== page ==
When crisis hit us in the Caribbean

EDITORIAL

The news of the tragic deaths and disaster in our region from St Vincent to St Lucia and Dominica over the Christmas season gave us pause for thought.

How prepared are we as medical professionals and disaster preparedness agencies for the potential of water-borne or other infectious diseases, how prepared are our hospitals for mass casualties?  There is much talked about the battle against Non Communicable Chronic Diseases and this is laudable but while we face major health care issues, we also have to be mindful of the unpredictability of “Acts of God” from hurricanes to earthquakes and from flash flooding to any calamity which puts public health at risk.

No one can “accurately” predict the next flash flood or the next rumble in the earth. Our meteorological offices give us the best possible scientific predictions that they can give us but St. Lucia‘s disaster management office NEMO recently admitted on the CMC news that their “system was down”. These things can and do happen at the most critical times.

We will not put the blame at the feet of NEMO but we must ask whether we are ready to face a public health crisis in the face of possible disaster anywhere in the Caribbean.

Crisis produces panic especially with the vulnerable or ill and in general. Are our Governments and hospitals equipped with rapid response services to deal with the immediacy of tragedy? Are our regional security services and disaster management preparedness offices truly ready for a major calamity? Are our most senior medical officials ready to look at keeping our populations safe from contracting illness on the proportions seen in Haiti where its citizens were hit by an earthquake so ferocious as to render hundreds of thousands homeless and also to face a cholera epidemic? Are our hospitals managed to such an extent that if faced with disaster, all systems are good and there is alternative accommodation (if possible) for hospitalized patients? We ask this in self-reflection and against the back drop of the movement of people in hospitals when Katrina hit New Orleans many years ago.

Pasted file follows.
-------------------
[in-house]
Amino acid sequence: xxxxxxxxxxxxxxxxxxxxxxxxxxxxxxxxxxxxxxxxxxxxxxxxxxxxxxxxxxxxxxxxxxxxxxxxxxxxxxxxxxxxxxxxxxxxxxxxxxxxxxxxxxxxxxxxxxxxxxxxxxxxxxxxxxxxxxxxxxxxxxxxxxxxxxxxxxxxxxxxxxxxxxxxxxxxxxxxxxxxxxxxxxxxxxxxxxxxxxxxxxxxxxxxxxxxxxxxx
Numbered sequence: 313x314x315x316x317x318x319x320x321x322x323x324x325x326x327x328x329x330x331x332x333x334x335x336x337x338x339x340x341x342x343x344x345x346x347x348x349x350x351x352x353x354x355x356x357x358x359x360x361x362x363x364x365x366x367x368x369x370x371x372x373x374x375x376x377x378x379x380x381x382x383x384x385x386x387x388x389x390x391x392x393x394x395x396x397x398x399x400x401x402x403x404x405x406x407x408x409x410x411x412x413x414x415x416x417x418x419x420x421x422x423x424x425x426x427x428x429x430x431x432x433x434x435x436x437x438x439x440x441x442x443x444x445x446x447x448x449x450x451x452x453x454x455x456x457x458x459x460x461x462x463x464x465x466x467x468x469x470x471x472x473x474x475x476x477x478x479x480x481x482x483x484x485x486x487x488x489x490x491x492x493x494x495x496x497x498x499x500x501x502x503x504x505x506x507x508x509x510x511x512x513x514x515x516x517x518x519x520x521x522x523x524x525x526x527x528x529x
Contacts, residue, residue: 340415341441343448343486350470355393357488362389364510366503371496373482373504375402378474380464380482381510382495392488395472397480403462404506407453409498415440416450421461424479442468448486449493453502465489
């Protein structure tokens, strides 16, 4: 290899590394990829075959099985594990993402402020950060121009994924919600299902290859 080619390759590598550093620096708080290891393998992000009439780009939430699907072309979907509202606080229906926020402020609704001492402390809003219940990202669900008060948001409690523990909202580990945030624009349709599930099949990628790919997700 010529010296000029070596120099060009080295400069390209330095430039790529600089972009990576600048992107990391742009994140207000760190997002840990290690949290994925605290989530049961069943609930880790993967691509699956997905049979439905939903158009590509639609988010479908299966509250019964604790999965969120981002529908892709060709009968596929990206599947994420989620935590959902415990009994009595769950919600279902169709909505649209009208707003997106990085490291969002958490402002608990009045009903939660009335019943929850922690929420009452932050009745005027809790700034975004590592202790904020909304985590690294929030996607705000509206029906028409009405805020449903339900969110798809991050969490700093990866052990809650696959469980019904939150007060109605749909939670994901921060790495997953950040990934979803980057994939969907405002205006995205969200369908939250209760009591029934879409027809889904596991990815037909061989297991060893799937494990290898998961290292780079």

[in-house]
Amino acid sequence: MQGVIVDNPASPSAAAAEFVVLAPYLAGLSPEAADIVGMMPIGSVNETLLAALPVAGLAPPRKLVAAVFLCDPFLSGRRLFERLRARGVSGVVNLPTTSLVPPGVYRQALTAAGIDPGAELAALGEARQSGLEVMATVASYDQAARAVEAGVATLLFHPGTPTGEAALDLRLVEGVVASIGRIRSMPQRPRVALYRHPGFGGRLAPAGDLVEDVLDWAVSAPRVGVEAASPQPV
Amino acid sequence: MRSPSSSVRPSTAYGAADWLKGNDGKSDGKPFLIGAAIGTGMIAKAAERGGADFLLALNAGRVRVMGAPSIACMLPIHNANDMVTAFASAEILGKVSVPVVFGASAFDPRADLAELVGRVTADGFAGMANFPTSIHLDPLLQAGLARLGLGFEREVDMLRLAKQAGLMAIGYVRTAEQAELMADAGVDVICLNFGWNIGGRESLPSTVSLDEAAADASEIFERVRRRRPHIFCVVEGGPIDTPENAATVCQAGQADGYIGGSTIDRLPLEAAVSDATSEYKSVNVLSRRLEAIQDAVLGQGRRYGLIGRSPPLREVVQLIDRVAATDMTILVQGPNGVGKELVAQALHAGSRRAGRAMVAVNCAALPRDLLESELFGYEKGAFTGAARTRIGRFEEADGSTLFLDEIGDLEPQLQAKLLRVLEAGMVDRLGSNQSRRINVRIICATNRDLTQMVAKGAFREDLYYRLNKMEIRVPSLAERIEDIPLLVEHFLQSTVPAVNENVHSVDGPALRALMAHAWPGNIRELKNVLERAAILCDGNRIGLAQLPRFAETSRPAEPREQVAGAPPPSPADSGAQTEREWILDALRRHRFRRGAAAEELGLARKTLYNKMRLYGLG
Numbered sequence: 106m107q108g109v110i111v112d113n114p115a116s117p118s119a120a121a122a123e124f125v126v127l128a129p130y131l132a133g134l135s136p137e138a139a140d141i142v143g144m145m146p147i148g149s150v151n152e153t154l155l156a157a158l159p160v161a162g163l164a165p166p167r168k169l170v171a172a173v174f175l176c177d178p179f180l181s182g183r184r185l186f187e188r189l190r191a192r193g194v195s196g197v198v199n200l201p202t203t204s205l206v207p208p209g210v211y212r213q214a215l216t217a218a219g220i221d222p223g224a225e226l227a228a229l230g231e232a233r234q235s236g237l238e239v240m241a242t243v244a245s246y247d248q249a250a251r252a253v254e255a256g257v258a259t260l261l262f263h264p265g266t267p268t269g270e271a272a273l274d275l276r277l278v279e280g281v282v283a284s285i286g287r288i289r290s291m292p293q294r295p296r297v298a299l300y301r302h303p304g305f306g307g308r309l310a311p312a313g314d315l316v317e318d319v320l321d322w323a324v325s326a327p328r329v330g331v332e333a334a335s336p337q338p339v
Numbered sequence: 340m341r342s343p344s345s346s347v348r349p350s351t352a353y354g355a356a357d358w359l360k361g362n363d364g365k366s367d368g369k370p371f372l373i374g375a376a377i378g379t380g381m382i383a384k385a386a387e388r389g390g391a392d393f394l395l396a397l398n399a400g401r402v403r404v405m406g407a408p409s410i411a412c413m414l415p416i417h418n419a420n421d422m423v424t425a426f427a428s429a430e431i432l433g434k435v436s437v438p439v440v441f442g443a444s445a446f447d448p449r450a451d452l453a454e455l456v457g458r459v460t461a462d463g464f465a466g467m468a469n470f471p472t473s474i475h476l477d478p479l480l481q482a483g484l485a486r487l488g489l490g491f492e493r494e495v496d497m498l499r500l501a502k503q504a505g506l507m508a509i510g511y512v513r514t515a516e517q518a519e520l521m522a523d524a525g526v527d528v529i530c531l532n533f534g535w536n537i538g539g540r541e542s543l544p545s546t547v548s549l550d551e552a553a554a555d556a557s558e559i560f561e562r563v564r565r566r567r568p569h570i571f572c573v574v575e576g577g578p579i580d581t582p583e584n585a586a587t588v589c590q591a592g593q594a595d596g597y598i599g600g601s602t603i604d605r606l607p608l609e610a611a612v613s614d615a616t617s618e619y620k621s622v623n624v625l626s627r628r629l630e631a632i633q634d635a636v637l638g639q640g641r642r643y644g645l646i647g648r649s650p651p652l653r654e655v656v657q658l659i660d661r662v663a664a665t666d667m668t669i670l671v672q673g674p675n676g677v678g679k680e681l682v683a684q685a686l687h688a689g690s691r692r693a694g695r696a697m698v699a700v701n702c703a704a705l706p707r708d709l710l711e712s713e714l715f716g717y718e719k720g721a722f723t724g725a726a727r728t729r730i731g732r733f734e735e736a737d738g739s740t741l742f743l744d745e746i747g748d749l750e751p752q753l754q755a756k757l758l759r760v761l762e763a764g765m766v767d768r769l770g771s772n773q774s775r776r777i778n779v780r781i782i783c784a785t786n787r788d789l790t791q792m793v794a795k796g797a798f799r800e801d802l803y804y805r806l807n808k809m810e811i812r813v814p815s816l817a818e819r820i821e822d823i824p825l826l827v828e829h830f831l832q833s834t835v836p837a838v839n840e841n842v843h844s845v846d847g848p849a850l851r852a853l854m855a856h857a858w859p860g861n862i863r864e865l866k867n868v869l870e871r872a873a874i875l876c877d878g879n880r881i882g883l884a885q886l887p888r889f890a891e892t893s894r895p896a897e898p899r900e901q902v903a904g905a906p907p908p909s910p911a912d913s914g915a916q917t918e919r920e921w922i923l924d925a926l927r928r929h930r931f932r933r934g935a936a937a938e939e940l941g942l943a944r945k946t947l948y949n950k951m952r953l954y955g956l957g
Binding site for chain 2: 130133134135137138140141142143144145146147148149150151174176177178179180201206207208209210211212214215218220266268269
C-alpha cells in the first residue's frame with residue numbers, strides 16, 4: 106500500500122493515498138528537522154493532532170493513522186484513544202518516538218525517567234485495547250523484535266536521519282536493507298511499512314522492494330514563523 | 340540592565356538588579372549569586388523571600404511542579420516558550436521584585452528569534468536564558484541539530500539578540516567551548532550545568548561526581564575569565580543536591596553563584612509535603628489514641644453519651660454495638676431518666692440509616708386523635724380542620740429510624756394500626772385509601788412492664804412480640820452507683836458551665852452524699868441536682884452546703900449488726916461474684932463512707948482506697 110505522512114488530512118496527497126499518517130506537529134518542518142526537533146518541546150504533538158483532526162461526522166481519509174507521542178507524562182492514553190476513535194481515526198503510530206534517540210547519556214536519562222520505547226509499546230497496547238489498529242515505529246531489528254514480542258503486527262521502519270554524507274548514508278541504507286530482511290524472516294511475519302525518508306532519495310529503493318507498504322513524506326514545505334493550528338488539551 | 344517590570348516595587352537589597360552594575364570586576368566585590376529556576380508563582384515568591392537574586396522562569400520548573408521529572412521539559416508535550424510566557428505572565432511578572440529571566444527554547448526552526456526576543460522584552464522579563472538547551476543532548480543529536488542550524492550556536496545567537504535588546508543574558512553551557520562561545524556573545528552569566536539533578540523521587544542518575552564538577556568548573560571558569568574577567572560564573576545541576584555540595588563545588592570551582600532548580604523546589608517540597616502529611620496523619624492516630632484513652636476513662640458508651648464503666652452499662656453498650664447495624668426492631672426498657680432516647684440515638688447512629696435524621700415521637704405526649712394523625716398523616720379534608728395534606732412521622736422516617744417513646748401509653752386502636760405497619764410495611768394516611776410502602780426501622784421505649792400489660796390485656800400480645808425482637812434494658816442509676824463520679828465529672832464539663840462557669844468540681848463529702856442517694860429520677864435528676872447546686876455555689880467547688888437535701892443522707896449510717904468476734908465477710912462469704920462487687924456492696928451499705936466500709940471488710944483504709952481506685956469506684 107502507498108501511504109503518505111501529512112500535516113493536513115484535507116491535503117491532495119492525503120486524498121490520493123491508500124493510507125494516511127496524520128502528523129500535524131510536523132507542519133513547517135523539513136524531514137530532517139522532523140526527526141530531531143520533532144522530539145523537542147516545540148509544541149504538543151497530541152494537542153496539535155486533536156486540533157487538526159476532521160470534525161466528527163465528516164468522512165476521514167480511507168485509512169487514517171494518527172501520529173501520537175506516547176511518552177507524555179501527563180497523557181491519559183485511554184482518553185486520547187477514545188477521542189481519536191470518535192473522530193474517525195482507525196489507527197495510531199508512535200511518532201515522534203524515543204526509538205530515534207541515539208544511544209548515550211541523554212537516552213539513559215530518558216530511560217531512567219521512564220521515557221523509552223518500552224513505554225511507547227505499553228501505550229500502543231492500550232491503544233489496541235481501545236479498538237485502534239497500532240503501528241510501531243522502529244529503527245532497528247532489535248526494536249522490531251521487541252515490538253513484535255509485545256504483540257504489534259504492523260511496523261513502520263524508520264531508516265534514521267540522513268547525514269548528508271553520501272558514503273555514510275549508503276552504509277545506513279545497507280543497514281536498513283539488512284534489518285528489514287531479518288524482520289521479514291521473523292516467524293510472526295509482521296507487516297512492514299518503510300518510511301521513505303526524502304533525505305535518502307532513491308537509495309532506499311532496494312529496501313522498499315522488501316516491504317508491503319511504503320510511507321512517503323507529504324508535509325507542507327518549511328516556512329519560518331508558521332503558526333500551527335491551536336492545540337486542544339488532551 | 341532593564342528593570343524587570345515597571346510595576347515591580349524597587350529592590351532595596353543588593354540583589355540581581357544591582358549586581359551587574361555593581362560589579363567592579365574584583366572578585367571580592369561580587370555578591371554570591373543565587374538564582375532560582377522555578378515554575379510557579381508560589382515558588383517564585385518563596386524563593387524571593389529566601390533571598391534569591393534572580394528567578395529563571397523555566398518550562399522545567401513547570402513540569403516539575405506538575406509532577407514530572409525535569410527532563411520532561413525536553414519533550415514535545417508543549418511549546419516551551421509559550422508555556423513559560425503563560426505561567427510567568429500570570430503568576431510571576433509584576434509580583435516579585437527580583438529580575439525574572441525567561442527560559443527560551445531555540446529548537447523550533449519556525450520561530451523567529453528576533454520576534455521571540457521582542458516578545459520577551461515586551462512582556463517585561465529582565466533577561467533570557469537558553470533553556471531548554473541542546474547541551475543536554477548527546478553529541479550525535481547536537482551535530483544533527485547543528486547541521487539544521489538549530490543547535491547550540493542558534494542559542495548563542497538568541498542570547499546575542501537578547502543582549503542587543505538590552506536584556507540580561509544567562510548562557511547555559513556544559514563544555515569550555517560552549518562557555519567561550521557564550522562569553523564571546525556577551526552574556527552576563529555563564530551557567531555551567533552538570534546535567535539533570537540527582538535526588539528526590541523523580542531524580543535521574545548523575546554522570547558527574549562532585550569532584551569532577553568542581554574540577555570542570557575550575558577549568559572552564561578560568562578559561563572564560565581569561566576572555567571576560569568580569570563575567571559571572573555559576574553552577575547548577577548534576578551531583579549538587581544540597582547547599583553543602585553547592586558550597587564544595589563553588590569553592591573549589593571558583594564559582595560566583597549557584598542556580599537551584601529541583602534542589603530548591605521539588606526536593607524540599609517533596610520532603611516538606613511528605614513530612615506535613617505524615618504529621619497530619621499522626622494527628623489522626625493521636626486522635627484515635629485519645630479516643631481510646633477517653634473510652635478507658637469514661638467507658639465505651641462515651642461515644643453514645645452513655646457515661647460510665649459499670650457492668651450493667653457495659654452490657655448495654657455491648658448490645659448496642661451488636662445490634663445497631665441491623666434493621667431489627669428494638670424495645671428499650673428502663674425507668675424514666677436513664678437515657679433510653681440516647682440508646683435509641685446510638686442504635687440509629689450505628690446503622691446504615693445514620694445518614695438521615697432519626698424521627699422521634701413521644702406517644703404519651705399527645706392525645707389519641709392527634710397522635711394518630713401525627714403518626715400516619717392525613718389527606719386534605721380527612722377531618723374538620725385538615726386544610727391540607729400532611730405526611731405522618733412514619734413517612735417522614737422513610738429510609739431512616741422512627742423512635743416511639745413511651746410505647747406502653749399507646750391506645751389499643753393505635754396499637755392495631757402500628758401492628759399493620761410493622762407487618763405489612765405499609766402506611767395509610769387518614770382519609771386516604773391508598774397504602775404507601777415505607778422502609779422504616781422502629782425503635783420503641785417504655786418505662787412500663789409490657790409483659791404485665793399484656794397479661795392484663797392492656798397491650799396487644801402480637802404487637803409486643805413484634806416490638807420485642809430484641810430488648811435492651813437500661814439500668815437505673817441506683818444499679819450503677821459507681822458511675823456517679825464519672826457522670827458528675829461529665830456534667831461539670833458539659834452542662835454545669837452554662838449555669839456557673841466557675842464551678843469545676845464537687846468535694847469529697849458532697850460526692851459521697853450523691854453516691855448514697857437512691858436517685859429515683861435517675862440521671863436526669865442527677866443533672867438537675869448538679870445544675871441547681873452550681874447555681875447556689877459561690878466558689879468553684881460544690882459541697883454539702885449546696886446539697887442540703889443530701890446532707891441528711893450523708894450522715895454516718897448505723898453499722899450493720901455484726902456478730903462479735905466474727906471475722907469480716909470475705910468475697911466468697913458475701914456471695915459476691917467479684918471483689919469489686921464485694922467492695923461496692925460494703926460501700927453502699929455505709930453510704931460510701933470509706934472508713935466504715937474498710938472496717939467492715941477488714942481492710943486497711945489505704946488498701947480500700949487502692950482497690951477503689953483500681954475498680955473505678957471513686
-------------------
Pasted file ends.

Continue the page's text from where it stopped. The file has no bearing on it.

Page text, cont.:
We must examine where we are today! Prime Minister, the Hon. Ralph Gonzalves of St. Vincent appealed for a reduction in red tape so that urgently needed supplies reach his nation while NEMO (St. Lucia) requested hospital supplies including linen to major costly equipment that was damaged in flooding. All of us need to sit and rethink our disaster-preparedness on an individual and institutional level. We need capacity building in organizations to promote real-time readiness in the face of looming tragedy from the availability of tablets to decontaminate water to trauma care to re-housing and the prevention of the outbreak of infectious diseases. We ultimately want to save life.

We are thankful that our Caribbean neighbours have answered the calls from the Prime Ministers and social agencies of the respective island countries and let us also take this opportunity to look inwardly and to get ready for something that indeed may not happen yet but very well may do so.

We ask you to continue to give cheerfully to your neighbours in this desperate time of need and recovery.

We wish those affected a speedy recovery from illness and any psychological trauma and that we all practice and embrace preparedness in every aspect of our lives without encouraging fear.

To all a Blessed and prosperous 2014.

 

 

 

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